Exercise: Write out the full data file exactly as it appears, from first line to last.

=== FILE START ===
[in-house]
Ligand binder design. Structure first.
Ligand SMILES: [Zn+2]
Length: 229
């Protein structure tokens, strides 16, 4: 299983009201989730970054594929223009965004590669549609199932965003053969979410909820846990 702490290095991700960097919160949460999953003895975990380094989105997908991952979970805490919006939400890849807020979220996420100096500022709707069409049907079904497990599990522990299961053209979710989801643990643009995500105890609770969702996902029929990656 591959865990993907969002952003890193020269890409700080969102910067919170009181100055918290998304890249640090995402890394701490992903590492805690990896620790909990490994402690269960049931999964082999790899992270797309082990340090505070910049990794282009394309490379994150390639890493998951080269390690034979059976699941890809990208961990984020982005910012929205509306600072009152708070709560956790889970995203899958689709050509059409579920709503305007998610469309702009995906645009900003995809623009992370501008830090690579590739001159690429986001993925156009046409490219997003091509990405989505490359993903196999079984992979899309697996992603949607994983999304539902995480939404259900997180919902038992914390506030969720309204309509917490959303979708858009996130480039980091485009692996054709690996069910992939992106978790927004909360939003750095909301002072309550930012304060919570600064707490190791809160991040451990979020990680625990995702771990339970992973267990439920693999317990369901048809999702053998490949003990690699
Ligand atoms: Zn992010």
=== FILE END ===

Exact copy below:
[in-house]
Ligand binder design. Structure first.
Ligand SMILES: [Zn+2]
Length: 229
């Protein structure tokens, strides 16, 4: 299983009201989730970054594929223009965004590669549609199932965003053969979410909820846990 702490290095991700960097919160949460999953003895975990380094989105997908991952979970805490919006939400890849807020979220996420100096500022709707069409049907079904497990599990522990299961053209979710989801643990643009995500105890609770969702996902029929990656 591959865990993907969002952003890193020269890409700080969102910067919170009181100055918290998304890249640090995402890394701490992903590492805690990896620790909990490994402690269960049931999964082999790899992270797309082990340090505070910049990794282009394309490379994150390639890493998951080269390690034979059976699941890809990208961990984020982005910012929205509306600072009152708070709560956790889970995203899958689709050509059409579920709503305007998610469309702009995906645009900003995809623009992370501008830090690579590739001159690429986001993925156009046409490219997003091509990405989505490359993903196999079984992979899309697996992603949607994983999304539902995480939404259900997180919902038992914390506030969720309204309509917490959303979708858009996130480039980091485009692996054709690996069910992939992106978790927004909360939003750095909301002072309550930012304060919570600064707490190791809160991040451990979020990680625990995702771990339970992973267990439920693999317990369901048809999702053998490949003990690699
Ligand atoms: Zn992010």